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NASA astronauts returning to Earth from ISS in August after first crewed SpaceX launch in May

NASA astronauts Bob Behnken and Doug Hurley will depart from the International Space Center in August after becoming the first humans to ever go to space in a SpaceX spacecraft. A successful splashdown will conclude the SpaceX Demo-2 crewed flight test mission to certify the Falcon 9 rocket and Crew Dragon spacecraft for operational missions.

The space agency is currently targeting August 1 for astronauts Behnken and Hurley to leave the International Space Station in the Crew Dragon Endeavour spacecraft. The veteran astronaut duo will splashdown in the Atlantic Ocean on August 2 if weather permits the schedule to hold.

NASA also shared this week that the Falcon 9 rocket hardware that will be used for the SpaceX Crew-1 mission in August has arrived at Kennedy Space Center.

NASA astronauts Victor Glover, Mike Hopkins, Shannon Walker and JAXA astronaut Soichi Noguchi will travel from Cape Canaveral, Florida, to the International Space Station.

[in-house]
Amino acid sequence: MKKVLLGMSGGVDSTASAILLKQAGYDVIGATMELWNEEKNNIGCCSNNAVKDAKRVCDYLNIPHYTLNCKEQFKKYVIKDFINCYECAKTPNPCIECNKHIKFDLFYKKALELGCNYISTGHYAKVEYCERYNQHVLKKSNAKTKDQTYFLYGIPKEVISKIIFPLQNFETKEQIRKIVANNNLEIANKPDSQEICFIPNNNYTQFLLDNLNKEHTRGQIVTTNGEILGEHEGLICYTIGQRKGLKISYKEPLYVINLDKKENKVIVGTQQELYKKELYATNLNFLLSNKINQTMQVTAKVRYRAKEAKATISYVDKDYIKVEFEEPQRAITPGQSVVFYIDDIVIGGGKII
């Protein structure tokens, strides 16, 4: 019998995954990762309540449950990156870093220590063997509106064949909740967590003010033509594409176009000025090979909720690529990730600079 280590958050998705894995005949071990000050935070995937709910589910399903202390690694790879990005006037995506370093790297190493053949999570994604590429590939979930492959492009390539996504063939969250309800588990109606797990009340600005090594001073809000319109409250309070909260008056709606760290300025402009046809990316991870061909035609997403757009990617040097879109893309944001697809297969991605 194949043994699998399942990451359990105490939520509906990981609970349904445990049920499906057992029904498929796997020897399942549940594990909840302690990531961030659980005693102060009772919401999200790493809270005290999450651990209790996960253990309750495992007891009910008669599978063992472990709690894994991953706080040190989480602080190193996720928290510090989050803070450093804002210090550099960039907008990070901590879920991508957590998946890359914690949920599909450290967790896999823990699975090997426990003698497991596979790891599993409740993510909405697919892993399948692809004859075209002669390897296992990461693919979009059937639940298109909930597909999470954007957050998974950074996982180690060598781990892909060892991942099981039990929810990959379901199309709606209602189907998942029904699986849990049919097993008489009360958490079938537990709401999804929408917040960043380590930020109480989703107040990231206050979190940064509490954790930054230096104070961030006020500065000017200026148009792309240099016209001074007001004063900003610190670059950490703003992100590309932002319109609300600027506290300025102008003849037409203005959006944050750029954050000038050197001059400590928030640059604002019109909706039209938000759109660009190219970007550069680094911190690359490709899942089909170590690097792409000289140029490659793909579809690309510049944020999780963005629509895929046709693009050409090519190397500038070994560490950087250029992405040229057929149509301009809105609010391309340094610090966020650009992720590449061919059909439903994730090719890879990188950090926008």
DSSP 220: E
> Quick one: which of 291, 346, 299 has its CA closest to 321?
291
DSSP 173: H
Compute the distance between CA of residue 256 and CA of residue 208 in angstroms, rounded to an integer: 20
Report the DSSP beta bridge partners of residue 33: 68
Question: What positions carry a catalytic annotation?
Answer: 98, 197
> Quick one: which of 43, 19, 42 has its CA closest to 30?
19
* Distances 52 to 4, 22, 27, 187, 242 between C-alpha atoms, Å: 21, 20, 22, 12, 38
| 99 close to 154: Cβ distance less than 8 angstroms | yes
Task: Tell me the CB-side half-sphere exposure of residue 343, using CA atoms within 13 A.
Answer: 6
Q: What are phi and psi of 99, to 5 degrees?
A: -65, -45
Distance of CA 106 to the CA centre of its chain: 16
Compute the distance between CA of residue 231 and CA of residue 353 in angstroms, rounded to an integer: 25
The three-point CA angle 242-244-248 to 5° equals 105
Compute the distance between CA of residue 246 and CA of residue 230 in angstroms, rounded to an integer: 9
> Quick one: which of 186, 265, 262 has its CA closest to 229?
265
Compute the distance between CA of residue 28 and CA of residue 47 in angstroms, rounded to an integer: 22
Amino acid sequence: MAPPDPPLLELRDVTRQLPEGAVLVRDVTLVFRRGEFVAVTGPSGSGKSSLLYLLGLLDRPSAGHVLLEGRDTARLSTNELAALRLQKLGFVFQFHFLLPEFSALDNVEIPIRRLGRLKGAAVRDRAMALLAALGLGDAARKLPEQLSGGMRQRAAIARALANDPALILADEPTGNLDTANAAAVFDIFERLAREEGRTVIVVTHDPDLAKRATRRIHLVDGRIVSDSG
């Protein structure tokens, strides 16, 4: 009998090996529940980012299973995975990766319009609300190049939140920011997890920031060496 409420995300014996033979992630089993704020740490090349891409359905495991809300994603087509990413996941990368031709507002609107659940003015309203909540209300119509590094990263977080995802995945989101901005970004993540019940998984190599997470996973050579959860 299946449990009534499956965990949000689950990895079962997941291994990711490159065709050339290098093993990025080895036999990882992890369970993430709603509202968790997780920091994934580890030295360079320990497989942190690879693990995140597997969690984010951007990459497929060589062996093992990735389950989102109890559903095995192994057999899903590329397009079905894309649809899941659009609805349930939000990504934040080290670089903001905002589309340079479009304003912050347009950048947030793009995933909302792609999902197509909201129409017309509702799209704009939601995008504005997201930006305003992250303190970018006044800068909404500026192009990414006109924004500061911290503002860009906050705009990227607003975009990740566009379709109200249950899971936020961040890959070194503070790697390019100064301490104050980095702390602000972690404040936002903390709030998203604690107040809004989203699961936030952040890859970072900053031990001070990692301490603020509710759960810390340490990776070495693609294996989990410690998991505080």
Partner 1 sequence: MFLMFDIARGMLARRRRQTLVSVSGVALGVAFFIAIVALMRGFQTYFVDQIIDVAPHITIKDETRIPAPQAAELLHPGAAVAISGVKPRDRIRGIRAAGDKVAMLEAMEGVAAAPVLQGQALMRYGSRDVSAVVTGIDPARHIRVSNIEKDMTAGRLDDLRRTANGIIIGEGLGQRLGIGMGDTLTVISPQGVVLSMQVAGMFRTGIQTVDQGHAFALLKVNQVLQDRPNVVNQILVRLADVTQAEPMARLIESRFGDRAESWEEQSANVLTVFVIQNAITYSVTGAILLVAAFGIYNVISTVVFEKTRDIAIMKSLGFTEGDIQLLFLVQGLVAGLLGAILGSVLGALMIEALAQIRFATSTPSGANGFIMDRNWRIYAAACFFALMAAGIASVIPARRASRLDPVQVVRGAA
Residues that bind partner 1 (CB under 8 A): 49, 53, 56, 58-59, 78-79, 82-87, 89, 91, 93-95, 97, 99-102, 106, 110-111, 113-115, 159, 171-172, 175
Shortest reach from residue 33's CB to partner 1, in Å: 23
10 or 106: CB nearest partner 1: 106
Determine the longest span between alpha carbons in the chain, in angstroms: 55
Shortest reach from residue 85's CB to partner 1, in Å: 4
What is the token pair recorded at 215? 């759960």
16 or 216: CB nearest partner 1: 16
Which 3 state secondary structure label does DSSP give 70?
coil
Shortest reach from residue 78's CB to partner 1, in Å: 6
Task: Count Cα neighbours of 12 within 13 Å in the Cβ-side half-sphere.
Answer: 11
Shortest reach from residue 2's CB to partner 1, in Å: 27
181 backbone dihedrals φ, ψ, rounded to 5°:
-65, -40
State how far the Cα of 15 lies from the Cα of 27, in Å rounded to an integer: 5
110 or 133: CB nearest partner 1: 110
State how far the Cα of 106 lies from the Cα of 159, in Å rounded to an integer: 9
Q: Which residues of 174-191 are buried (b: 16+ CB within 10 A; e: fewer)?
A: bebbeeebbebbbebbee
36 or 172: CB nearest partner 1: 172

Crew-1 will be the first operational mission of NASA’s Commercial Crew Program. While NASA focuses on its Moon and Mars ambitions with the Artemis program, Low Earth Orbit mission launches from the U.S. will be handled by SpaceX and Boeing.

NASA retired the Space Shuttle program in 2011 and relied on Russia’s space program to send astronauts to space prior to the Demo-2 mission on May 30. One more Russian rocket seat was purchased by NASA earlier this year for a launch in October.

Going forward, NASA and Roscosmos, the Russian space agency, will be able to trade lifts to space based on availability without money exchanging hands.

Later this year, Boeing will conduct its second uncrewed orbital flight test for its Starliner spacecraft after failing to reach the ISS during its first OFT in December.

For a preview of what to expect, watch the uncrewed SpaceX Demo-1 Mission Crew Dragon splashdown from April 2019:

If the schedule holds, Bob Behnken and Doug Hurley will return to Earth just a few days after NASA sends its new rover Perseverance to Mars on July 30.


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